While younger leaders have challenges that will require focused effort and leadership development to overcome, they bring tremendous assets to the organization.

They may likely be one of the most under recognized and under utilized resources in our organizations today.

Thanks for reading,

-Tom

 

Contributors: Thomas Nestor, Forbes, Joseph Folkman

 

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Are YOU Making These Mistakes as a Leader?

Are YOU Making These Mistakes as a Leader?

It’s often said that mistakes provide great learning opportunities. However, it’s much better not to make mistakes in the first place!

Experience is the name every one gives to their mistakes.– Oscar Wilde

In this article, we’re looking at 10 of the most common leadership and management errors, and highlighting what you can do to avoid them.

If you can learn about these here, rather than through experience, you’ll save yourself a lot of trouble!

  1. Not Providing Feedback

Sarah is a talented sales representative, but she has a habit of answering the phone in an unprofessional manner.

Her boss is aware of this, but he’s waiting for her performance review to tell her where she’s going wrong.

Unfortunately, until she’s been alerted to the problem, she’ll continue putting off potential customers.

According to 1,400 executives polled by The Ken Blanchard Companies, failing to provide feedback is the most common mistake that leaders make.

When you don’t provide prompt feedback to your people, you’re depriving them of the opportunity to improve their performance.

  1. Not Making Time for Your Team

When you’re a manager or leader, it’s easy to get so wrapped up in your own workload that you don’t make yourself available to your team.

Yes, you have projects that you need to deliver. But your people must come first – without you being available when they need you, your people won’t know what to do, and they won’t have the support and guidance that they need to meet their objectives.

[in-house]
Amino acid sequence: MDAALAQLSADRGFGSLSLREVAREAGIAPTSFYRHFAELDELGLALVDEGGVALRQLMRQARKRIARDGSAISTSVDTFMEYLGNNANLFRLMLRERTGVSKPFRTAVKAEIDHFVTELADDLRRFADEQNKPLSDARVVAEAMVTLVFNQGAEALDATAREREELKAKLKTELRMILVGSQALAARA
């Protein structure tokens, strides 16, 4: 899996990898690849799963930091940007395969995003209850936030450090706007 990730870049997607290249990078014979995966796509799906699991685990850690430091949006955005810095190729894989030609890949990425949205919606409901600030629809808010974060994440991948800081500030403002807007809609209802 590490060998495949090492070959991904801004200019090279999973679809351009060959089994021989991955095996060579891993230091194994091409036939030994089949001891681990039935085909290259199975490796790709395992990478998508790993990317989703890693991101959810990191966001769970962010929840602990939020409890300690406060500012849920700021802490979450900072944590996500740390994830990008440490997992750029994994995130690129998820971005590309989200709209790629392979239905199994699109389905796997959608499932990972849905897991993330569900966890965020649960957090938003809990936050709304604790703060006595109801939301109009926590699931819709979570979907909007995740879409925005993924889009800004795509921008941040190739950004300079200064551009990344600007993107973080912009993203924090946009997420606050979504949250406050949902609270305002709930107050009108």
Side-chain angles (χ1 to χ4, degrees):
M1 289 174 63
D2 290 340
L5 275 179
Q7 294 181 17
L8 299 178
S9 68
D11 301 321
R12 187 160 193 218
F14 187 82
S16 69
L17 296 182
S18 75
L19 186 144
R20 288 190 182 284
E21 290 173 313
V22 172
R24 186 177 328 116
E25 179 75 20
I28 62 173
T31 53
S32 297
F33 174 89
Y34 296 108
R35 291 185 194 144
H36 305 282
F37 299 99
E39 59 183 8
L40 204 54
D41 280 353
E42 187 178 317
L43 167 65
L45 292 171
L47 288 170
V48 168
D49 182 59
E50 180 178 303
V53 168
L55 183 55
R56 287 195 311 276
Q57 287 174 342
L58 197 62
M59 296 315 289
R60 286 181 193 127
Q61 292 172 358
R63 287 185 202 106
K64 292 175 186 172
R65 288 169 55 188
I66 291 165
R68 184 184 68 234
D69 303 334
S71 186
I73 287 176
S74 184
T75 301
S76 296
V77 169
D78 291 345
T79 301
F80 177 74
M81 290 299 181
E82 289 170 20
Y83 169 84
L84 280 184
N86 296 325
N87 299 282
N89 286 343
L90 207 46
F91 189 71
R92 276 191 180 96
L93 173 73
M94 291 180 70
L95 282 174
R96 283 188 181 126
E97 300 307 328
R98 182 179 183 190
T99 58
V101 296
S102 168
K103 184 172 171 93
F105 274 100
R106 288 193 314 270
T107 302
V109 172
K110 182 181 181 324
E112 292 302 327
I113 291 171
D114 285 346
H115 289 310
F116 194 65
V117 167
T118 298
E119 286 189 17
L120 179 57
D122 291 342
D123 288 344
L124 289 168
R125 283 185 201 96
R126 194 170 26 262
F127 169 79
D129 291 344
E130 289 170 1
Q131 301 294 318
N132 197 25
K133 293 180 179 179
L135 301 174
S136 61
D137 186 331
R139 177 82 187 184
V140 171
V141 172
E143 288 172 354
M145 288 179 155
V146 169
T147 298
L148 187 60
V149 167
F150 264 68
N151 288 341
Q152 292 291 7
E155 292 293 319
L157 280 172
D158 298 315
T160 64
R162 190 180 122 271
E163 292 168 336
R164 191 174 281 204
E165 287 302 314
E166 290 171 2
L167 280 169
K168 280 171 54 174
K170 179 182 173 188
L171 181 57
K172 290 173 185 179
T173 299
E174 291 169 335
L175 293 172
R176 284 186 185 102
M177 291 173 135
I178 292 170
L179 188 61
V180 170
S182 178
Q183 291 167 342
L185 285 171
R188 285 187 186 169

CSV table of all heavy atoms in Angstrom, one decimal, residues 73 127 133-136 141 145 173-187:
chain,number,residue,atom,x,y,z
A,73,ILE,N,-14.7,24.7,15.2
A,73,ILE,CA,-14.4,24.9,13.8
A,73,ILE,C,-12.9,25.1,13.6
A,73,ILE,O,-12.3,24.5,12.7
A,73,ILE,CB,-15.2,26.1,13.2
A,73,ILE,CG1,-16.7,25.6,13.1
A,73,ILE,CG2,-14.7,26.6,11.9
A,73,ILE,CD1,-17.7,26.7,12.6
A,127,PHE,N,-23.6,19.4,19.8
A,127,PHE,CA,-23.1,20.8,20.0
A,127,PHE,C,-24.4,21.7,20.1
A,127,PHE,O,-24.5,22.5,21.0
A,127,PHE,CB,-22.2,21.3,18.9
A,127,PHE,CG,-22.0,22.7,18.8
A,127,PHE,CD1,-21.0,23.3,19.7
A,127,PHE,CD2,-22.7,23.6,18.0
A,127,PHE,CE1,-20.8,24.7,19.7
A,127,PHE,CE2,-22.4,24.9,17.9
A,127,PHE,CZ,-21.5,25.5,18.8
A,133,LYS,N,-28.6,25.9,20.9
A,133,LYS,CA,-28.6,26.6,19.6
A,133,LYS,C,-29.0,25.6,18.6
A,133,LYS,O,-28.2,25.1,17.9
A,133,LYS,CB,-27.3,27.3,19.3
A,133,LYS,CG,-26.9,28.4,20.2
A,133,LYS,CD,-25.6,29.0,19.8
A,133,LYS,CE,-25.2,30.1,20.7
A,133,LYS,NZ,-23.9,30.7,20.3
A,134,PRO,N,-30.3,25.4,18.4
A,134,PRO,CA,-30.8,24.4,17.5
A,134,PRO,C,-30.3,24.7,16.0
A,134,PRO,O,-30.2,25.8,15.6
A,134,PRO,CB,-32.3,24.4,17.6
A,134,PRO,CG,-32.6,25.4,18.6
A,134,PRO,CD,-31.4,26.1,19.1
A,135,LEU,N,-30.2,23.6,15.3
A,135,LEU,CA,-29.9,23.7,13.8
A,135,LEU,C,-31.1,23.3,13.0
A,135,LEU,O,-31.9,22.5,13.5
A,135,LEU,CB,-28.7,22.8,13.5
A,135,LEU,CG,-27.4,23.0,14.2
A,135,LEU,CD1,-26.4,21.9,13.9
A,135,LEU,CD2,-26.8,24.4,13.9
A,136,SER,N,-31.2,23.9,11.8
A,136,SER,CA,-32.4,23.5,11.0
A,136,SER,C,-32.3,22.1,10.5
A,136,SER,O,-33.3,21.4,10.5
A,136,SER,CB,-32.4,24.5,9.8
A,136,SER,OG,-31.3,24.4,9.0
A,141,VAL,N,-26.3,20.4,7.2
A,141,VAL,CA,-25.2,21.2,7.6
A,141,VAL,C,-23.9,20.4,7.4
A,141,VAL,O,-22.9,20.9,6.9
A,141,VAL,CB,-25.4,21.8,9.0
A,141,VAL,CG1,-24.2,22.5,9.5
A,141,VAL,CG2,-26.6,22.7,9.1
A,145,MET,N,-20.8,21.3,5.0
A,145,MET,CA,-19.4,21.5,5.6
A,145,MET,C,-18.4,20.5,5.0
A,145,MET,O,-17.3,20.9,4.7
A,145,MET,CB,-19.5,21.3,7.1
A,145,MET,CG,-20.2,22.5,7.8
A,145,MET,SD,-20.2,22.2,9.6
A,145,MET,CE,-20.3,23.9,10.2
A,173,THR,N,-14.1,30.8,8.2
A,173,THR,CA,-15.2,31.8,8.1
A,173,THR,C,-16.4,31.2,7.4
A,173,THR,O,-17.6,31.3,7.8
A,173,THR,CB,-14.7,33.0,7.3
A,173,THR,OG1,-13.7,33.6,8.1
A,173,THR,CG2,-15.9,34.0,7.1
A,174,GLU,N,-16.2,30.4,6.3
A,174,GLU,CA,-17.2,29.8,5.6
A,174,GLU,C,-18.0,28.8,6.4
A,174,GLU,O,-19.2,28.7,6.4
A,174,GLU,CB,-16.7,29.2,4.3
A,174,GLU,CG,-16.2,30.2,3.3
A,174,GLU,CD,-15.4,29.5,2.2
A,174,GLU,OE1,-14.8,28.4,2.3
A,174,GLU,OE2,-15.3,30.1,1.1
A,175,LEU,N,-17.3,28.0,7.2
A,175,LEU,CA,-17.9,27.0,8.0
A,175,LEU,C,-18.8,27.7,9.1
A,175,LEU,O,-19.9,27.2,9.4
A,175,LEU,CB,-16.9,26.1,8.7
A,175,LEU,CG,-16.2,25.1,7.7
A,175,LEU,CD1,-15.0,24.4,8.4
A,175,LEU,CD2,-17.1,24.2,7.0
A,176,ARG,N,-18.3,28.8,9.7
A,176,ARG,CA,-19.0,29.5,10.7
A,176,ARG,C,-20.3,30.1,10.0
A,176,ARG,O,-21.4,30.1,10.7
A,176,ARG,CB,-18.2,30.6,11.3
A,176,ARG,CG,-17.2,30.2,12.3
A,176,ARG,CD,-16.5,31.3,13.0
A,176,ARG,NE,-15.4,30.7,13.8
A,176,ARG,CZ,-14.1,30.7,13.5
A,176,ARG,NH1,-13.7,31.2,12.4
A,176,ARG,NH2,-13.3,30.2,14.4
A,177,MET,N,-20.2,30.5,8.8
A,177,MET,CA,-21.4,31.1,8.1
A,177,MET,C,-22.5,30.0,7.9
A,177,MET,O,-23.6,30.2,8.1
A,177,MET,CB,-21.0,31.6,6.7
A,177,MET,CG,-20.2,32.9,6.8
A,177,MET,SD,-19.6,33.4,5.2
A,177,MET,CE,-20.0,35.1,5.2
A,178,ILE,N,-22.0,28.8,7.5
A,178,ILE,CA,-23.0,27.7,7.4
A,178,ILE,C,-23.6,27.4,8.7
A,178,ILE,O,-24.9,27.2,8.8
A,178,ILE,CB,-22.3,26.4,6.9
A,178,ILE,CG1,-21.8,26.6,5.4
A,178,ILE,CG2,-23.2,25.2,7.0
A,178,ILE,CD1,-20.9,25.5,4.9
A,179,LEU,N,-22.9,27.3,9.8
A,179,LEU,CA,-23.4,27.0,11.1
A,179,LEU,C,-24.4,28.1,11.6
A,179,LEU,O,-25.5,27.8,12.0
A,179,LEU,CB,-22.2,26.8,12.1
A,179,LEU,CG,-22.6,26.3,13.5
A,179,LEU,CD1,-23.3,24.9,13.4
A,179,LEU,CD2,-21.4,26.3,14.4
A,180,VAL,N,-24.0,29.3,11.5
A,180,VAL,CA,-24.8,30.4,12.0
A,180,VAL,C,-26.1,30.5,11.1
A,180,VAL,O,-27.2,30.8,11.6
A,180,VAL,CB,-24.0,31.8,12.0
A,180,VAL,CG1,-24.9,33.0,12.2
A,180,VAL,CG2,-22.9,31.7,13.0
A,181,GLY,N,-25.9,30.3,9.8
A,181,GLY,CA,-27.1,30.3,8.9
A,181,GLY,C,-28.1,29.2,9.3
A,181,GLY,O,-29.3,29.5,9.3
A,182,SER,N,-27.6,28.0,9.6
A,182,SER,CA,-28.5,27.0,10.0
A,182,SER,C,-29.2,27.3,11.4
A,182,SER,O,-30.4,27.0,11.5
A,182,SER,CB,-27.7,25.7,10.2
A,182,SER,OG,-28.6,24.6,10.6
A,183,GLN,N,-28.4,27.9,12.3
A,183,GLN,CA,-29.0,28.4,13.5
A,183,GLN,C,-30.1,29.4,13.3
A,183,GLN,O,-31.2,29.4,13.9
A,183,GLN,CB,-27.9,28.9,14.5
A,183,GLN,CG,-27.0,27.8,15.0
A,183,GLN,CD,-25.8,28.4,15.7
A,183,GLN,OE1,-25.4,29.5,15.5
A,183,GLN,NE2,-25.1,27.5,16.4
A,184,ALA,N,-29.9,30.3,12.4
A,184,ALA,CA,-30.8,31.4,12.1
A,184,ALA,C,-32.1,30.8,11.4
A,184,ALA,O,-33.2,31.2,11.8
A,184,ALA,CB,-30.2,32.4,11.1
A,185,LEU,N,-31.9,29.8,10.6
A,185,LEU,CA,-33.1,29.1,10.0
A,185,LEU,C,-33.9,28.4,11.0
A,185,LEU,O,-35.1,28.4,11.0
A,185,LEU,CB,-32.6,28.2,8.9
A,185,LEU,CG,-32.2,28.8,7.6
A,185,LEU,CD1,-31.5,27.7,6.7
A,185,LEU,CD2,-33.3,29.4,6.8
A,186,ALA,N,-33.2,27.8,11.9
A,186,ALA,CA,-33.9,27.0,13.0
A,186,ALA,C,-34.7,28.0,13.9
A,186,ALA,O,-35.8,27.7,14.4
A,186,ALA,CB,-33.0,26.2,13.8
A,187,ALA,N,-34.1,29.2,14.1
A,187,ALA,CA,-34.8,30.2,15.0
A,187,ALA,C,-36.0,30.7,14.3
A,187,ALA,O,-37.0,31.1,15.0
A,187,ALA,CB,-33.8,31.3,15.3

Once you’re in a leadership or management role, your team should always come first – this is, at heart, what good leadership is all about!

  1. Being Too “Hands-Off”

One of your team has just completed an important project. The problem is that he misunderstood the project’s specification, and you didn’t stay in touch with him as he was working on it.

Now, he’s completed the project in the wrong way, and you’re faced with explaining this to an angry client.

  1. Being Too Friendly

 Most of us want to be seen as friendly and approachable to people in our team. After all, people are happier working for a manager that they get on with.

However, you’ll sometimes have to make tough decisions regarding people in your team, and some people will be tempted to take advantage of your relationship if you’re too friendly with them.

This doesn’t mean that you can’t socialize with your people. But, you do need to get the balance right between being a friend and being the boss.

  1. Failing to Define Goals

When your people don’t have clear goals, they muddle through their day. They can’t be productive if they have no idea what they’re working for, or what their work means.

They also can’t prioritize their workload effectively, meaning that projects and tasks get completed in the wrong order.

  1. Misunderstanding Motivation

Do you know what truly motivates your team? Here’s a hint: chances are, it’s not just money!

Many leaders make the mistake of assuming that their team is only working for monetary reward. However, it’s unlikely that this will be the only thing that motivates them.

For example, people seeking a greater work/life balance might be motivated by telecommuting days or flexible working.

Others will be motivated by factors such as achievement, extra responsibility, praise, or a sense of camaraderie.

  1. Hurrying Recruitment

When your team has a large workload, it’s important to have enough people “on board” to cope with it. But filling a vacant role too quickly can be a disastrous mistake.

Hurrying recruitment can lead to recruiting the wrong people for your team: people who are uncooperative, ineffective or unproductive.

They might also require additional training, and slow down others on your team. With the wrong person, you’ll have wasted valuable time and resources if things don’t work out and they leave.

What’s worse, other team members will be stressed and frustrated by having to “carry” the under-performer.